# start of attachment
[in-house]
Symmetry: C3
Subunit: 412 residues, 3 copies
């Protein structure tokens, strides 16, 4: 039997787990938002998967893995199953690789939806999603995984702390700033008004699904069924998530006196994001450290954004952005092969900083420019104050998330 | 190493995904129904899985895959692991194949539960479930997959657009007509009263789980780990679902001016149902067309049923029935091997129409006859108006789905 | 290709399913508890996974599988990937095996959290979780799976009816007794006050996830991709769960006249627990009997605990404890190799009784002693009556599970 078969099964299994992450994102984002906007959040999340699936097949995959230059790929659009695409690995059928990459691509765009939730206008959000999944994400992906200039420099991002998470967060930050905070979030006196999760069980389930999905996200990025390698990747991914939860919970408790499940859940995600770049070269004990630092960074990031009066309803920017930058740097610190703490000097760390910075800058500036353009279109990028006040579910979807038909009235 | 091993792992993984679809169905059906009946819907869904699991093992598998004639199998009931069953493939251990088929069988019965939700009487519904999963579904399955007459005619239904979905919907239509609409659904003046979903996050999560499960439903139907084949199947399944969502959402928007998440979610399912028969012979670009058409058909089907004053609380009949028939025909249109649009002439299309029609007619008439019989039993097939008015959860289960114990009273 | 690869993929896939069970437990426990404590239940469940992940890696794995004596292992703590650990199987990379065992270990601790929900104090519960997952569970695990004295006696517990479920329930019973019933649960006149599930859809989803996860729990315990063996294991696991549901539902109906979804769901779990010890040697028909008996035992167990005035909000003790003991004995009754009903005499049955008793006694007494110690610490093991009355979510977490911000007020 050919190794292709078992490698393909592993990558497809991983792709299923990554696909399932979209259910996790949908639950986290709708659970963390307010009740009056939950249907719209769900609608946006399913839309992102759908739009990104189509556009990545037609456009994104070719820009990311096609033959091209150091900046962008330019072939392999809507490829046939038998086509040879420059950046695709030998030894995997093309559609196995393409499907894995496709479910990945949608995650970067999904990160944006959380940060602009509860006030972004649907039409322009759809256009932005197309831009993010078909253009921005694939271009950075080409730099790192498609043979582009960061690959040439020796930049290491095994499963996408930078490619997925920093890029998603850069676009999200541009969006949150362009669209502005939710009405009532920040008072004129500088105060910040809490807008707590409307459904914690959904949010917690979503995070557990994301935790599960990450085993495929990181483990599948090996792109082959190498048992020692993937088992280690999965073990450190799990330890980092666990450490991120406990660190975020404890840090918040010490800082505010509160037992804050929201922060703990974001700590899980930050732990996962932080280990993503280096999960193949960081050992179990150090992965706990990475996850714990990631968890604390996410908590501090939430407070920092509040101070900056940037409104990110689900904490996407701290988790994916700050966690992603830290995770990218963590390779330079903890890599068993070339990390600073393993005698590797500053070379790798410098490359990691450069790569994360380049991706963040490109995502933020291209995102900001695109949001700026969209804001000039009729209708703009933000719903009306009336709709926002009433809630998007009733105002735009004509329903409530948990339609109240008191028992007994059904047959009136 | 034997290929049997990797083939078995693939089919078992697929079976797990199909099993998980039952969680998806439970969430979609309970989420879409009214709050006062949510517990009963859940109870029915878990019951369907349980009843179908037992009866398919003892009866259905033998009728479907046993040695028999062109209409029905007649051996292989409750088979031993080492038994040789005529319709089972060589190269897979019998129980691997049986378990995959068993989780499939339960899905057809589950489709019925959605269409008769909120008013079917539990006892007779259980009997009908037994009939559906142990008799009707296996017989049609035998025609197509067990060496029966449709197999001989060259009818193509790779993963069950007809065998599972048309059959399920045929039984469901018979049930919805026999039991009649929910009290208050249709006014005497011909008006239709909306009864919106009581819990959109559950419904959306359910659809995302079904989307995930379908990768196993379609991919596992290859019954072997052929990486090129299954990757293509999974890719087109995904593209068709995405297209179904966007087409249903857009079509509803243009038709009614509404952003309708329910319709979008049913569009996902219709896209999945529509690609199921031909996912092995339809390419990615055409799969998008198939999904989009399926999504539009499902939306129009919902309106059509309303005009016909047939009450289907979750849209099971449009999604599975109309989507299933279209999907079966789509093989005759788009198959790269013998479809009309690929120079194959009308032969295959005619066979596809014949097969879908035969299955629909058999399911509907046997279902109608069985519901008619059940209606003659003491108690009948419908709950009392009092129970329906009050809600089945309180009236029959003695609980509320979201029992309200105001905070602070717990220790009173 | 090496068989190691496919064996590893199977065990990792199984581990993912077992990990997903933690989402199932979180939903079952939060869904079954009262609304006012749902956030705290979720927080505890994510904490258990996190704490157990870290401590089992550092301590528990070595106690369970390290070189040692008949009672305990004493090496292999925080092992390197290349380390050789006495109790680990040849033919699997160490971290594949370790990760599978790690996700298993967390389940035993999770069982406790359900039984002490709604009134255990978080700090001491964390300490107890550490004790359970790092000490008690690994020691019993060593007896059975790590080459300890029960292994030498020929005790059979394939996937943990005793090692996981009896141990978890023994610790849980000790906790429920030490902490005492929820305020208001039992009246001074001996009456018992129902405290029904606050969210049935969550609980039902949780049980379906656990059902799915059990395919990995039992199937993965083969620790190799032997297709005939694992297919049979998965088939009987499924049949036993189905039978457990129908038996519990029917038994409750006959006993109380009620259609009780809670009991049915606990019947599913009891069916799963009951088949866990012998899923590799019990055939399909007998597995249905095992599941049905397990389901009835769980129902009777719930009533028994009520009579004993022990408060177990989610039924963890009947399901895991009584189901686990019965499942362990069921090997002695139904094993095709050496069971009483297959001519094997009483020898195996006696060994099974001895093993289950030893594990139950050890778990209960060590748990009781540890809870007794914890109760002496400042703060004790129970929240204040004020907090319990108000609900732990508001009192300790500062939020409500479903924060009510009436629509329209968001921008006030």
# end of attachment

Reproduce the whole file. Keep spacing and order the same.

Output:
[in-house]
Symmetry: C3
Subunit: 412 residues, 3 copies
């Protein structure tokens, strides 16, 4: 039997787990938002998967893995199953690789939806999603995984702390700033008004699904069924998530006196994001450290954004952005092969900083420019104050998330 | 190493995904129904899985895959692991194949539960479930997959657009007509009263789980780990679902001016149902067309049923029935091997129409006859108006789905 | 290709399913508890996974599988990937095996959290979780799976009816007794006050996830991709769960006249627990009997605990404890190799009784002693009556599970 078969099964299994992450994102984002906007959040999340699936097949995959230059790929659009695409690995059928990459691509765009939730206008959000999944994400992906200039420099991002998470967060930050905070979030006196999760069980389930999905996200990025390698990747991914939860919970408790499940859940995600770049070269004990630092960074990031009066309803920017930058740097610190703490000097760390910075800058500036353009279109990028006040579910979807038909009235 | 091993792992993984679809169905059906009946819907869904699991093992598998004639199998009931069953493939251990088929069988019965939700009487519904999963579904399955007459005619239904979905919907239509609409659904003046979903996050999560499960439903139907084949199947399944969502959402928007998440979610399912028969012979670009058409058909089907004053609380009949028939025909249109649009002439299309029609007619008439019989039993097939008015959860289960114990009273 | 690869993929896939069970437990426990404590239940469940992940890696794995004596292992703590650990199987990379065992270990601790929900104090519960997952569970695990004295006696517990479920329930019973019933649960006149599930859809989803996860729990315990063996294991696991549901539902109906979804769901779990010890040697028909008996035992167990005035909000003790003991004995009754009903005499049955008793006694007494110690610490093991009355979510977490911000007020 050919190794292709078992490698393909592993990558497809991983792709299923990554696909399932979209259910996790949908639950986290709708659970963390307010009740009056939950249907719209769900609608946006399913839309992102759908739009990104189509556009990545037609456009994104070719820009990311096609033959091209150091900046962008330019072939392999809507490829046939038998086509040879420059950046695709030998030894995997093309559609196995393409499907894995496709479910990945949608995650970067999904990160944006959380940060602009509860006030972004649907039409322009759809256009932005197309831009993010078909253009921005694939271009950075080409730099790192498609043979582009960061690959040439020796930049290491095994499963996408930078490619997925920093890029998603850069676009999200541009969006949150362009669209502005939710009405009532920040008072004129500088105060910040809490807008707590409307459904914690959904949010917690979503995070557990994301935790599960990450085993495929990181483990599948090996792109082959190498048992020692993937088992280690999965073990450190799990330890980092666990450490991120406990660190975020404890840090918040010490800082505010509160037992804050929201922060703990974001700590899980930050732990996962932080280990993503280096999960193949960081050992179990150090992965706990990475996850714990990631968890604390996410908590501090939430407070920092509040101070900056940037409104990110689900904490996407701290988790994916700050966690992603830290995770990218963590390779330079903890890599068993070339990390600073393993005698590797500053070379790798410098490359990691450069790569994360380049991706963040490109995502933020291209995102900001695109949001700026969209804001000039009729209708703009933000719903009306009336709709926002009433809630998007009733105002735009004509329903409530948990339609109240008191028992007994059904047959009136 | 034997290929049997990797083939078995693939089919078992697929079976797990199909099993998980039952969680998806439970969430979609309970989420879409009214709050006062949510517990009963859940109870029915878990019951369907349980009843179908037992009866398919003892009866259905033998009728479907046993040695028999062109209409029905007649051996292989409750088979031993080492038994040789005529319709089972060589190269897979019998129980691997049986378990995959068993989780499939339960899905057809589950489709019925959605269409008769909120008013079917539990006892007779259980009997009908037994009939559906142990008799009707296996017989049609035998025609197509067990060496029966449709197999001989060259009818193509790779993963069950007809065998599972048309059959399920045929039984469901018979049930919805026999039991009649929910009290208050249709006014005497011909008006239709909306009864919106009581819990959109559950419904959306359910659809995302079904989307995930379908990768196993379609991919596992290859019954072997052929990486090129299954990757293509999974890719087109995904593209068709995405297209179904966007087409249903857009079509509803243009038709009614509404952003309708329910319709979008049913569009996902219709896209999945529509690609199921031909996912092995339809390419990615055409799969998008198939999904989009399926999504539009499902939306129009919902309106059509309303005009016909047939009450289907979750849209099971449009999604599975109309989507299933279209999907079966789509093989005759788009198959790269013998479809009309690929120079194959009308032969295959005619066979596809014949097969879908035969299955629909058999399911509907046997279902109608069985519901008619059940209606003659003491108690009948419908709950009392009092129970329906009050809600089945309180009236029959003695609980509320979201029992309200105001905070602070717990220790009173 | 090496068989190691496919064996590893199977065990990792199984581990993912077992990990997903933690989402199932979180939903079952939060869904079954009262609304006012749902956030705290979720927080505890994510904490258990996190704490157990870290401590089992550092301590528990070595106690369970390290070189040692008949009672305990004493090496292999925080092992390197290349380390050789006495109790680990040849033919699997160490971290594949370790990760599978790690996700298993967390389940035993999770069982406790359900039984002490709604009134255990978080700090001491964390300490107890550490004790359970790092000490008690690994020691019993060593007896059975790590080459300890029960292994030498020929005790059979394939996937943990005793090692996981009896141990978890023994610790849980000790906790429920030490902490005492929820305020208001039992009246001074001996009456018992129902405290029904606050969210049935969550609980039902949780049980379906656990059902799915059990395919990995039992199937993965083969620790190799032997297709005939694992297919049979998965088939009987499924049949036993189905039978457990129908038996519990029917038994409750006959006993109380009620259609009780809670009991049915606990019947599913009891069916799963009951088949866990012998899923590799019990055939399909007998597995249905095992599941049905397990389901009835769980129902009777719930009533028994009520009579004993022990408060177990989610039924963890009947399901895991009584189901686990019965499942362990069921090997002695139904094993095709050496069971009483297959001519094997009483020898195996006696060994099974001895093993289950030893594990139950050890778990209960060590748990009781540890809870007794914890109760002496400042703060004790129970929240204040004020907090319990108000609900732990508001009192300790500062939020409500479903924060009510009436629509329209968001921008006030």